Jars of Clay: Christmas Songs

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Jars of Clay: Christmas Songs

Nashville folk-pop outfit delivers a refreshingly unique holiday album

Jars Of Clay released its first holiday record, the four-song Drummer Boy EP back in 1995

. For fans who've awaited a full-length Christmas record from the band ever since, it was like being allowed to open one small gift on Christmas Eve, but then having to wait a seeming eternity for the rest of Santa’s payload.

On Christmas Songs, Jars reprise their two yuletide favorites from Drummer Boy, an exercise that illustrates how the intervening years have seasoned the band’s creative approach. You can hear the influence of classic holiday music that members of the group enjoyed growing up: big-band in the snatches of jazz guitar and the sophisticated orchestrations, while more unorthodox influences manifest themselves in electronic gurgles and snaking synth lines. The purely acoustic Jars of yesteryear are still evident, but this time around the wise men arrive bearing gold, frankincense, and Moog.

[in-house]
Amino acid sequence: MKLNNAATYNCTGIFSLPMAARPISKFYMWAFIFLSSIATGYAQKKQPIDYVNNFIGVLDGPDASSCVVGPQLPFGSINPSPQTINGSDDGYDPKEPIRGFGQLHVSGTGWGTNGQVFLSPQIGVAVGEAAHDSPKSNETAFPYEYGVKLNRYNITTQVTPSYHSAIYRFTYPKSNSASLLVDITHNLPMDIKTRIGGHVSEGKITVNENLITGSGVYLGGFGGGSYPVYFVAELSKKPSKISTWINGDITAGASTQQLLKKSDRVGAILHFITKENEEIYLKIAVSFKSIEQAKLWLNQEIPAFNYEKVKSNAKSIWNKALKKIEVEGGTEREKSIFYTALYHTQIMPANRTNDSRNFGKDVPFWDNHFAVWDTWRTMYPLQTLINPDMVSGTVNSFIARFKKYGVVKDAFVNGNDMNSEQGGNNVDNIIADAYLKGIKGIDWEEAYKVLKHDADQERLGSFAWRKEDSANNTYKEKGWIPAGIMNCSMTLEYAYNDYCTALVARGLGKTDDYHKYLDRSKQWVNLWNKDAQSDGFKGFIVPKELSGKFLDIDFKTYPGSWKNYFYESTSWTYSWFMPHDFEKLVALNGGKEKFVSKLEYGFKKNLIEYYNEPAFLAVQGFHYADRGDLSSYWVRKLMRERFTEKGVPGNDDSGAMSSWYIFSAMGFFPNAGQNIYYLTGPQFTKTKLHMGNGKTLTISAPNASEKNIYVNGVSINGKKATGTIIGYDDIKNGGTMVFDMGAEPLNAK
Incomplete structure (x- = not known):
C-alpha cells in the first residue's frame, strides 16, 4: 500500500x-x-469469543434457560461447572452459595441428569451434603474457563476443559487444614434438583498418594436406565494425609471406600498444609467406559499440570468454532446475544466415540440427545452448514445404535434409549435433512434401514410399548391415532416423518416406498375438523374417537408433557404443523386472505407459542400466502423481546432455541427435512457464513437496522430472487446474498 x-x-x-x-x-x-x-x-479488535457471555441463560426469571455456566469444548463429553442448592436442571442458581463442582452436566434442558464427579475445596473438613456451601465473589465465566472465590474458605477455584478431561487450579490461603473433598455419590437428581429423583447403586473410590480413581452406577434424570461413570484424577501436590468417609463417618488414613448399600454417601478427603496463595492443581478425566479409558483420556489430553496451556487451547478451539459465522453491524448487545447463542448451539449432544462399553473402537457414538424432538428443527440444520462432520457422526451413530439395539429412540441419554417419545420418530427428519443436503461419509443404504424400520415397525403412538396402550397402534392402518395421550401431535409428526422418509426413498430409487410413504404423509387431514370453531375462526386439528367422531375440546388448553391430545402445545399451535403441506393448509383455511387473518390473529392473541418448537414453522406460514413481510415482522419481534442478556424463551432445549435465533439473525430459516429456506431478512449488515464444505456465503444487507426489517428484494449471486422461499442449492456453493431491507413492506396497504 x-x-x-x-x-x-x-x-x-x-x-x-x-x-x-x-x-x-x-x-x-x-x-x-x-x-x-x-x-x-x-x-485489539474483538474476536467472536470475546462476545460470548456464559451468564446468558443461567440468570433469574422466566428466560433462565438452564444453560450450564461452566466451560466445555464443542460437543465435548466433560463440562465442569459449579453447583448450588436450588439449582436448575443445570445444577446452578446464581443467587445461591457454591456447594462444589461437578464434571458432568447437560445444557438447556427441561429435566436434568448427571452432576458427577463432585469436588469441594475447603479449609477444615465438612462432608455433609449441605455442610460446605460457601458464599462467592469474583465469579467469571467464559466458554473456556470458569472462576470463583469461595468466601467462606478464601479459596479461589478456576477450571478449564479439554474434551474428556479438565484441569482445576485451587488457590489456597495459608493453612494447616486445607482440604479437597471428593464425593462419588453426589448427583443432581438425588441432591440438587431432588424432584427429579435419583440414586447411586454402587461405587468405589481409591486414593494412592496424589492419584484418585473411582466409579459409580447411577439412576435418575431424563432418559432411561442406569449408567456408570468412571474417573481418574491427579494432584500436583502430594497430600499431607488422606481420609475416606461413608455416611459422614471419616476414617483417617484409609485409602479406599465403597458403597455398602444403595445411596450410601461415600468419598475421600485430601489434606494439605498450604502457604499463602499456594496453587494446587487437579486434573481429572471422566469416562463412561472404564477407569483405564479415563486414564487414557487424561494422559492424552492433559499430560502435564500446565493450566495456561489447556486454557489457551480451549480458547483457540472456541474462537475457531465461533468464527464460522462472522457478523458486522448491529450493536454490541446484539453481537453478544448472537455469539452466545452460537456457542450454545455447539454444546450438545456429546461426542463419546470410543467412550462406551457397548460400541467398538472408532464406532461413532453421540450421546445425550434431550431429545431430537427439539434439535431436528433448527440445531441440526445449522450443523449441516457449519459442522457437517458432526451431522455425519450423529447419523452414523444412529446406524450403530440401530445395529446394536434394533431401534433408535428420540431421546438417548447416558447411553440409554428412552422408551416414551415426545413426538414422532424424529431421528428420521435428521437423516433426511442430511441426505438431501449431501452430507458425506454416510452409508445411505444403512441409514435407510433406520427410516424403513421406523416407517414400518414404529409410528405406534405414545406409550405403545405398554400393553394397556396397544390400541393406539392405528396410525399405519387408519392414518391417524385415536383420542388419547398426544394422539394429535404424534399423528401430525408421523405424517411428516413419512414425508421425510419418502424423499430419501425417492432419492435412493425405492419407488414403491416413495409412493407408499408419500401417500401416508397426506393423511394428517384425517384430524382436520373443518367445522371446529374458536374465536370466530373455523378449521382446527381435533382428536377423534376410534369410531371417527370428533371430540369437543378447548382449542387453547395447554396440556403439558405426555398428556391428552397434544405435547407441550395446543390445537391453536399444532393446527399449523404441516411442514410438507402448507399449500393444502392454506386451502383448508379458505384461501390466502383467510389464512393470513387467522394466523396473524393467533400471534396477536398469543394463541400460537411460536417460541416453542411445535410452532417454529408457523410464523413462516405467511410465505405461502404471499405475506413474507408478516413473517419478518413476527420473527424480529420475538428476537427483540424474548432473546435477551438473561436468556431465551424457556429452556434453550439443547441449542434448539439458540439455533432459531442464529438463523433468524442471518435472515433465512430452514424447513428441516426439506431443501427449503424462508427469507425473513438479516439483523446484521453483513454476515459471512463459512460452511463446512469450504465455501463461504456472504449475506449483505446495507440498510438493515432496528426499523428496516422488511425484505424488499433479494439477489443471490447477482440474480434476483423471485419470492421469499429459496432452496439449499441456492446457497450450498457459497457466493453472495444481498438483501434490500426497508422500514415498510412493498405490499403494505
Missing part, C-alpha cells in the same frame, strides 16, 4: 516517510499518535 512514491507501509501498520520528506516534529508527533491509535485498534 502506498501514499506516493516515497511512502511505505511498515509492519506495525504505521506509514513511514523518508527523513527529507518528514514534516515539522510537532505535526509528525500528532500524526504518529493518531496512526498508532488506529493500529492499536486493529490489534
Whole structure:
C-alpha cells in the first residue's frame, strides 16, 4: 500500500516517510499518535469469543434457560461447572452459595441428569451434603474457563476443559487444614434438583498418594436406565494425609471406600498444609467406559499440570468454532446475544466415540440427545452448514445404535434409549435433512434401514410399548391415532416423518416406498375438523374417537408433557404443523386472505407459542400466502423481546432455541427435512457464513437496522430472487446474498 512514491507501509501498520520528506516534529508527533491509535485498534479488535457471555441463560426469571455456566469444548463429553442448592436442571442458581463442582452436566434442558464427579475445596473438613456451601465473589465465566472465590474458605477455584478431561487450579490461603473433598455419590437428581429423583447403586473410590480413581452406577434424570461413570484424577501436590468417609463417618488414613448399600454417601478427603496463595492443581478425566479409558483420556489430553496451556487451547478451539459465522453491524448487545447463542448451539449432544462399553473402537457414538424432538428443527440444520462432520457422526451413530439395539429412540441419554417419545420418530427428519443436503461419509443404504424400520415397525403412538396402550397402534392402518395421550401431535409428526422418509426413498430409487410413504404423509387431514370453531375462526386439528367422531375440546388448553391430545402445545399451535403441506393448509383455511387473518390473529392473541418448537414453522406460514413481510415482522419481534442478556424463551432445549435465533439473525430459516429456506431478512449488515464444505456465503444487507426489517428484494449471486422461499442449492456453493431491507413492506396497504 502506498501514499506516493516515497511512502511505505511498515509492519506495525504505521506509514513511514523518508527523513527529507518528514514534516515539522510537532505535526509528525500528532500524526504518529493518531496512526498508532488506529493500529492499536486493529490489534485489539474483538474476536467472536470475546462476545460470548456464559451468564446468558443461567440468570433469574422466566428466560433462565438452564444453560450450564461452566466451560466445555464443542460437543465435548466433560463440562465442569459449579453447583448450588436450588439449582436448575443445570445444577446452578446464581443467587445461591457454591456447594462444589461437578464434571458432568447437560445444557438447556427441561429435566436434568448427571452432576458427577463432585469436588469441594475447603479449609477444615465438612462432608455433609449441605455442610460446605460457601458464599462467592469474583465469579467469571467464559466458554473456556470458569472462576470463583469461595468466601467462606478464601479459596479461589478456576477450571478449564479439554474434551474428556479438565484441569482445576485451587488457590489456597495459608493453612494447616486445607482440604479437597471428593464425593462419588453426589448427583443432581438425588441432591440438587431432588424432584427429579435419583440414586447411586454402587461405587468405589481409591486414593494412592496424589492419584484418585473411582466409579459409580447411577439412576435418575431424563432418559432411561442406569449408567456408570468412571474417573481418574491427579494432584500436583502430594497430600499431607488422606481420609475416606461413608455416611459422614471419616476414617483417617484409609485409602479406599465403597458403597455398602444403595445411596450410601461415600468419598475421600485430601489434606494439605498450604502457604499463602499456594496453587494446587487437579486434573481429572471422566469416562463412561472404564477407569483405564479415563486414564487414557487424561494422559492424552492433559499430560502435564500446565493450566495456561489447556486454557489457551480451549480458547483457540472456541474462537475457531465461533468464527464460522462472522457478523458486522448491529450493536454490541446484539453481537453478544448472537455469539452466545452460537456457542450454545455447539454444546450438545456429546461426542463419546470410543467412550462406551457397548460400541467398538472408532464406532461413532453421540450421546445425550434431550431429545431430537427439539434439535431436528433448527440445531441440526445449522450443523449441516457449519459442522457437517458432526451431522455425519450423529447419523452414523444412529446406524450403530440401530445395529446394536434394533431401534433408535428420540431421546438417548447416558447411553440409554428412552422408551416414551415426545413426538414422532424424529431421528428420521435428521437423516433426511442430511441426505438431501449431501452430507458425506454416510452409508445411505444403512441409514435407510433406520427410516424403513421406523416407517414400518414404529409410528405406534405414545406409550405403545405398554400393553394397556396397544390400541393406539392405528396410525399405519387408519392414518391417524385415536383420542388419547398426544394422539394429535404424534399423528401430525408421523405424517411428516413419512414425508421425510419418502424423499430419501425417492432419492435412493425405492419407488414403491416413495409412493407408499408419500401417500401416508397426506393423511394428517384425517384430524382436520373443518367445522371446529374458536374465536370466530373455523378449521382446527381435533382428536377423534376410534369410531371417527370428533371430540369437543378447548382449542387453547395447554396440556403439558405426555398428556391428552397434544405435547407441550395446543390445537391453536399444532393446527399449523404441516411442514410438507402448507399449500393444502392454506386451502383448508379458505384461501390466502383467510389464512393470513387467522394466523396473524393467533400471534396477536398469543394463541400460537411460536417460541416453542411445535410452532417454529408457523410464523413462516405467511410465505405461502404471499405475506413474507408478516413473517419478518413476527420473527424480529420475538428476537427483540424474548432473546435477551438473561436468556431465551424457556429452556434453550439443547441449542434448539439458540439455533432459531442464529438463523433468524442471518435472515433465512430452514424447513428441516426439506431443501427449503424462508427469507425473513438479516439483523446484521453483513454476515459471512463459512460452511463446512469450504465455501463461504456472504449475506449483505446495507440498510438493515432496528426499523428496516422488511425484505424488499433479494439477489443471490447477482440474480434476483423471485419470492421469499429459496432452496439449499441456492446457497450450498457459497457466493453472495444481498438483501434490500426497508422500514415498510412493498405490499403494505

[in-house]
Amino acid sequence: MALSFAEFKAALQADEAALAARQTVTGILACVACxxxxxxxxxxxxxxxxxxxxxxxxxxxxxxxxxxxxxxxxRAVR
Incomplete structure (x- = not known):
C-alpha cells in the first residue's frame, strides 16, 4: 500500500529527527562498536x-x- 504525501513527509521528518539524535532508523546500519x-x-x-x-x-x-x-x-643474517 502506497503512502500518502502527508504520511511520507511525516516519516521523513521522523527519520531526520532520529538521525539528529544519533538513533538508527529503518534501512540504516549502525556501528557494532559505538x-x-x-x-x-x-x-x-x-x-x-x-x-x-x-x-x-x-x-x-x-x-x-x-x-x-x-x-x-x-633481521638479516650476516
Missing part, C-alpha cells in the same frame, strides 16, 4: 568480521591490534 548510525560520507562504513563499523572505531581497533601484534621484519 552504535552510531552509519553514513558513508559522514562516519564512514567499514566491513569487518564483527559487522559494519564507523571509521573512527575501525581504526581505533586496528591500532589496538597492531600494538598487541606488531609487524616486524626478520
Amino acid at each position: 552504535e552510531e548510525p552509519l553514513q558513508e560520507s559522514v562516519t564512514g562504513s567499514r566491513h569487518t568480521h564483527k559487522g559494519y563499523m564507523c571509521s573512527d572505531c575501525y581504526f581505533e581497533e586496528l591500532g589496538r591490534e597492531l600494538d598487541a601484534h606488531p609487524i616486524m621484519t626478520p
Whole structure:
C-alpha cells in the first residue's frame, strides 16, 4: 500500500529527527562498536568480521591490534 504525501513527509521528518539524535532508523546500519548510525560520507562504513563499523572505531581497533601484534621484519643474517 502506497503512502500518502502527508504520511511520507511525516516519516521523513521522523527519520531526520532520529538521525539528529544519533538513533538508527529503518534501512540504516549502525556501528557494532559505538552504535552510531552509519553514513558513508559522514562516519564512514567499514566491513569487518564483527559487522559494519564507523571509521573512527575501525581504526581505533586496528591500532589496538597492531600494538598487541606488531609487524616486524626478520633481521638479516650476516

When frontman Dan Haseltine croons “we don’t have to do the things Eskimos do” in the languorously playful “Hibernation Day,” it seems like he’s also absolving the band of the rules governing a typical Jars studio release. Most of Christmas Songs finds the band reaching for a sound that’s endearingly off-kilter. Still, it wouldn’t be a Jars release without some moments of arresting beauty and solemn earnestness. These qualities abound in the anchor track “Peace Is Here,” and the elegantly simple “Winter Skin” (an answer song to Death Cab’s “Summer Skin,” perhaps?), which captures the magic of a snowy night with clinking chimes and the misting-breath refrain, “We put on our winter skin and walk, and we watch the snow fall.”

By avoiding the temptation to retread holiday chestnuts bombarding shopping-mall loudspeakers--opting instead for idiosyncratic covers and band originals--Jars have crafted an album that’s unique not just on the holiday CD rack, but within the band’s own catalogue. It’s a holiday record in the truest sense: a gathering of friends reminiscing, sharing bravely optimistic hopes for the prospects of peace on earth and “simply having a wonderful Christmastime.”